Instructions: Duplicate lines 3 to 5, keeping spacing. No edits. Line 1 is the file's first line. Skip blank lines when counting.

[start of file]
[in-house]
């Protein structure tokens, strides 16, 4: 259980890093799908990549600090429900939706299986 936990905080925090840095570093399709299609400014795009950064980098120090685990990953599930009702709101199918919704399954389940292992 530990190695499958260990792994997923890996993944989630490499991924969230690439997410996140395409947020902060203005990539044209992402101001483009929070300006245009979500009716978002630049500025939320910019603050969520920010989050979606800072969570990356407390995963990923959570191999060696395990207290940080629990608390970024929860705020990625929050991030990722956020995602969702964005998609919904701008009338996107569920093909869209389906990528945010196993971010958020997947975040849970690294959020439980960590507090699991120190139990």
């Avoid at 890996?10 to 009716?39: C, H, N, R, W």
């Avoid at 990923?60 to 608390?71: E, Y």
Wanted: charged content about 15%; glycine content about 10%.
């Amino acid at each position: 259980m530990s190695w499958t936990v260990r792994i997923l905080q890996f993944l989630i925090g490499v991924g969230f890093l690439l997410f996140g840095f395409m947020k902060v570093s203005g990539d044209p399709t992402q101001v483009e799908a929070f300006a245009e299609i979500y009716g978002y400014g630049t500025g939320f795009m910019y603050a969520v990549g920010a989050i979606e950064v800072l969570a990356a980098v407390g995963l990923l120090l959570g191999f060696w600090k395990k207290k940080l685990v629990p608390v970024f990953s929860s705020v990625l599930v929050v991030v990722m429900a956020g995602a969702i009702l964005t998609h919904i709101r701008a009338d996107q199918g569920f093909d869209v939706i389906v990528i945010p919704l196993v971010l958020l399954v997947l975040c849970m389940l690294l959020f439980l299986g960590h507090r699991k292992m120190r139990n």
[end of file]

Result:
């Avoid at 890996?10 to 009716?39: C, H, N, R, W």
């Avoid at 990923?60 to 608390?71: E, Y």
Wanted: charged content about 15%; glycine content about 10%.